The Vapor Technology Association is challenging Gov. Charlie Baker's four-month ban on the sale of vaping products. Photo by John Angelillo/UPI | License Photo
Oct. 4 (UPI) -- A federal judge on Friday declined to lift Massachusetts Gov. Charlie Baker's four-month ban on the sale of all vaping products amid a court battle challenging the ban.
U.S. District Judge Indira Talwani said she wants to wait until oral arguments Oct. 15 to determine whether to overturn the statewide ban. The plaintiffs, led by the Vapor Technology Association, sought a restraining order to temporarily lift the ban amid a wider effort to stop the ban entirely.
Baker ordered the ban on Sept. 24, calling a recent spate of vaping-related illnesses and deaths a public health emergency. As of Thursday, the U.S. Centers for Disease Control and Prevention said there have been 1,080 illnesses in the United States and 18 deaths.
"E-cigarette usage is exploding and it's clear there's a very real danger to the population," Baker said last week. "This temporary ban will allow state government and medical providers the time they need to understand the dangers and respond accordingly."
Joseph Terry, of the Vapor Technology Association, told the Boston Herald the organization's members have taken financial hits since the ban. One company laid off employees.
"Under the ban as written, it cannot continue to operate. That's irreparable harm," he said.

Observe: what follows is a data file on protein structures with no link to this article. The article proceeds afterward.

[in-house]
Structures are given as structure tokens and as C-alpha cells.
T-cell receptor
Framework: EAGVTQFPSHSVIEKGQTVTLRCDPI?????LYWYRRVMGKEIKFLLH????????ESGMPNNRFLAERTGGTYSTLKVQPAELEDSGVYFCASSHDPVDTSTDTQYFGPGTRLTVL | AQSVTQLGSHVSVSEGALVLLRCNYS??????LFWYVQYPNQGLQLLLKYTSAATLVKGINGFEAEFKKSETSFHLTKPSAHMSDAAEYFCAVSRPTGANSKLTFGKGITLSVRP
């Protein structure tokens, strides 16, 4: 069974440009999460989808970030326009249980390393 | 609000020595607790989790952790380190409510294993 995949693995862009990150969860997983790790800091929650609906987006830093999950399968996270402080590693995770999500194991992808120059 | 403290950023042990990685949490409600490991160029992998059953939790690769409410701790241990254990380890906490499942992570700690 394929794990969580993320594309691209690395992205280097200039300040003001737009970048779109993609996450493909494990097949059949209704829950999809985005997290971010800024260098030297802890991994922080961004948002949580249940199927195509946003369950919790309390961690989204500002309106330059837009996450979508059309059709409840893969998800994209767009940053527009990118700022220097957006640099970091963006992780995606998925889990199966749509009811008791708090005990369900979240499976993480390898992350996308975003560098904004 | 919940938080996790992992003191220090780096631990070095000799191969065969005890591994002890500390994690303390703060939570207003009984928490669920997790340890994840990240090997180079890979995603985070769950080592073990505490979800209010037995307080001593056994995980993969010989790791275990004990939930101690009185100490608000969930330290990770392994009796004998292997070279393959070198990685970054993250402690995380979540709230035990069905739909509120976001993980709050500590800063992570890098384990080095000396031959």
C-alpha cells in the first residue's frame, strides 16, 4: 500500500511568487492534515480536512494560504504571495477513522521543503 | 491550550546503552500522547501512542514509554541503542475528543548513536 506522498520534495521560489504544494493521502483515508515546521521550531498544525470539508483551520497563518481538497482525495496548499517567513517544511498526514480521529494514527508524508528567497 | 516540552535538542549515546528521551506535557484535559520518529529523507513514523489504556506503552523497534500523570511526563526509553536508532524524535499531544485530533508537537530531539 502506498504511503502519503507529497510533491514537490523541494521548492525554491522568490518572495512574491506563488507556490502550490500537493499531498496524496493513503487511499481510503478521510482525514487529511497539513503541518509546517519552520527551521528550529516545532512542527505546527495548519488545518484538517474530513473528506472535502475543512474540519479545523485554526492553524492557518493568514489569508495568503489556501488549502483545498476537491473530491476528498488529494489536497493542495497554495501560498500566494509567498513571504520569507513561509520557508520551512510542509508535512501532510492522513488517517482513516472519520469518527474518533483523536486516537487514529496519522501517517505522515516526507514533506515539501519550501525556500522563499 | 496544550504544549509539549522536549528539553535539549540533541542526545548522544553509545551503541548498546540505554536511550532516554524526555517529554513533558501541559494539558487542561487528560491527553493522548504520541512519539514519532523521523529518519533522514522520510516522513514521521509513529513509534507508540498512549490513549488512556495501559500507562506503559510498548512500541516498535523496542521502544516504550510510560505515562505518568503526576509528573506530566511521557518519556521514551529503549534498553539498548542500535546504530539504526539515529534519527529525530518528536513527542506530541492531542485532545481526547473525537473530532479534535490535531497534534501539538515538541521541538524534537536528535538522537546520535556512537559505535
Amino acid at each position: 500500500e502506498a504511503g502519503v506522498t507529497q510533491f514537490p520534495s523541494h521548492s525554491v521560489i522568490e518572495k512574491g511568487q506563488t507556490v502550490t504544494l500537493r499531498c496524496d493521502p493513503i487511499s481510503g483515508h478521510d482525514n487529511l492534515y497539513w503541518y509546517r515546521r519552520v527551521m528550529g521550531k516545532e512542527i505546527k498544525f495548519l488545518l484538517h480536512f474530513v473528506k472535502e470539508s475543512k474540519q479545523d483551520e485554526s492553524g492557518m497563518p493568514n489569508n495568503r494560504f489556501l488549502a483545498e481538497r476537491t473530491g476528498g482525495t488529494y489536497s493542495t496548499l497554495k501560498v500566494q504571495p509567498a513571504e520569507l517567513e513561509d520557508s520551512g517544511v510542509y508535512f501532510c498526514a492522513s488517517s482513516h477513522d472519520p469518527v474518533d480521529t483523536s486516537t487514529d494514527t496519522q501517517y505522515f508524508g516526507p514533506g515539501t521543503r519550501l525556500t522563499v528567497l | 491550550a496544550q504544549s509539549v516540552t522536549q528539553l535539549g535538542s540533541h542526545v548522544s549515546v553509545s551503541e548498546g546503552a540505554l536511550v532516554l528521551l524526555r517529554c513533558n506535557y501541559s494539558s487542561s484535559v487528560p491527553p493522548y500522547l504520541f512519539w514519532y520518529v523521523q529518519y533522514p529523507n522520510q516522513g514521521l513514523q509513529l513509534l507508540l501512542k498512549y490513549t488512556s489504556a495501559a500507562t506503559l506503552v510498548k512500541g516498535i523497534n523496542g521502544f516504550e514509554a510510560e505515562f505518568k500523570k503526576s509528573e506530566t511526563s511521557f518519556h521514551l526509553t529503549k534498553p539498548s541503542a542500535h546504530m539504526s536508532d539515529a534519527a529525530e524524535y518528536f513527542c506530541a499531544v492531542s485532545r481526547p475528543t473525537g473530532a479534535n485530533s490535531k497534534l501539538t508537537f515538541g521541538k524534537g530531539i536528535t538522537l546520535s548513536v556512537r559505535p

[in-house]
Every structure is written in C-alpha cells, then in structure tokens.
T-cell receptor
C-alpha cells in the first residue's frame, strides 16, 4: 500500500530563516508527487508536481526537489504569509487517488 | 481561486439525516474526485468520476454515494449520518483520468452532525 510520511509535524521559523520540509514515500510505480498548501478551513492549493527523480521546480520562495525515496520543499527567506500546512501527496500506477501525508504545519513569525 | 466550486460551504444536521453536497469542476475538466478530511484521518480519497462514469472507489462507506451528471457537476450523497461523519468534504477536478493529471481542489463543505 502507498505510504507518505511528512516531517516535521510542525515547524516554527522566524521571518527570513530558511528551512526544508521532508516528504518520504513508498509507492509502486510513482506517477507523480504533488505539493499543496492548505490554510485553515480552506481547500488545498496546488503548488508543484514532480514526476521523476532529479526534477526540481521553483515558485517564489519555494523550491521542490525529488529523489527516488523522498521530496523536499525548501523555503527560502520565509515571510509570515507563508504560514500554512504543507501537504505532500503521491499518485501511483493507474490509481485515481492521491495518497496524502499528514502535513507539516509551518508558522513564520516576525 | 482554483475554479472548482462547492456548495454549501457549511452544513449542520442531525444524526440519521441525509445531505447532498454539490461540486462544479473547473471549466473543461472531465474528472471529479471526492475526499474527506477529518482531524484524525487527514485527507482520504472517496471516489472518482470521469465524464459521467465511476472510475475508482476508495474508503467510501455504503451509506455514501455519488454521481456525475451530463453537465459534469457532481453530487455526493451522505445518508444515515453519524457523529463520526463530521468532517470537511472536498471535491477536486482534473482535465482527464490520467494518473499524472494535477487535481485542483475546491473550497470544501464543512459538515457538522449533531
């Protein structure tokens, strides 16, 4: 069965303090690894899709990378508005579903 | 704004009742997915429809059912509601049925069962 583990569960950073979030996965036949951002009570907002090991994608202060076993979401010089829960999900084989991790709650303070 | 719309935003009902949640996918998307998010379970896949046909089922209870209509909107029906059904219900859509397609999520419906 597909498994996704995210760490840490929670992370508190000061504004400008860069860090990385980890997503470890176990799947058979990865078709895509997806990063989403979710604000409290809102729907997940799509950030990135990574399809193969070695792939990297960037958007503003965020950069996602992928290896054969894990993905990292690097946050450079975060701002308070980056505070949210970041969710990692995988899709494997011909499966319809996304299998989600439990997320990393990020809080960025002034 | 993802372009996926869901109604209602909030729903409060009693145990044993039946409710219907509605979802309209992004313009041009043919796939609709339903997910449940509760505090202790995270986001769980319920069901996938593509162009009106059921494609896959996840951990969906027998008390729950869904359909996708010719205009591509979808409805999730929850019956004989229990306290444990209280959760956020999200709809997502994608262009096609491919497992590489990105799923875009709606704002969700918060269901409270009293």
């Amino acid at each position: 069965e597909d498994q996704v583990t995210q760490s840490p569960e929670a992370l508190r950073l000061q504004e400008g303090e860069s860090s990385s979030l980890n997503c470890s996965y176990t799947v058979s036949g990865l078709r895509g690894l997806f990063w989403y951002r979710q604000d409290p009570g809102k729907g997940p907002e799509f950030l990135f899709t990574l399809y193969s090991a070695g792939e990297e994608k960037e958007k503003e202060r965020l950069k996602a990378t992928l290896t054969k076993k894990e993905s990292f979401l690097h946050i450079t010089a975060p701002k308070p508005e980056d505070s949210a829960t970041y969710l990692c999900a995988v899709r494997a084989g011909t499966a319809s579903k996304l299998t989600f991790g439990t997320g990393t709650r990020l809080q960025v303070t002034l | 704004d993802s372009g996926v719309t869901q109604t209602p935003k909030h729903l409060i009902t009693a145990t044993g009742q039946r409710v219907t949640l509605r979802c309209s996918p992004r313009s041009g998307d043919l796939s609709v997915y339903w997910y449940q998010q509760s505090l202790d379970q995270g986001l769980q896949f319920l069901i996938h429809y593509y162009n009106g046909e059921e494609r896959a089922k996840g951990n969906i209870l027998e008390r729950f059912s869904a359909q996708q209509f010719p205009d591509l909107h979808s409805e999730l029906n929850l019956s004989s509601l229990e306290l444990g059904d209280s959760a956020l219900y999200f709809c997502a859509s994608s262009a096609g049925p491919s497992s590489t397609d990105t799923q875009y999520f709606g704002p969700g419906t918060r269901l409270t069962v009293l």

Earlier in September, both New York and Michigan outlawed the sale of flavored e-cigarettes, and in June, San Francisco became the first major city in the country to ban the distribution or sale of all e-cigarette products.
The U.S. Food and Drug Administration in September also revealed it has launched a criminal investigation into the the cause of the vape-related illnesses and deaths.
The FDA has not identified any substance or substances on which it can pin the outbreak, said Judy McMeekin, the FDA's deputy associate commissioner for regulatory affairs.
FDA investigators have evaluated 440 samples from patients in 18 states, she said. Many of the products handed over to investigators had been drained of liquids and were harder to test, she said.
Most of the patients appeared to have vaped THC cartridges, said Dr. Anne Schuchat, principal deputy director of the CDC.
Among 578 patients interviewed, about 78 percent reported using both THC-containing vaping products and nicotine products, Schuchat said. About 37 percent said they used only THC vaping products and about 17 percent told investigators they used only nicotine products.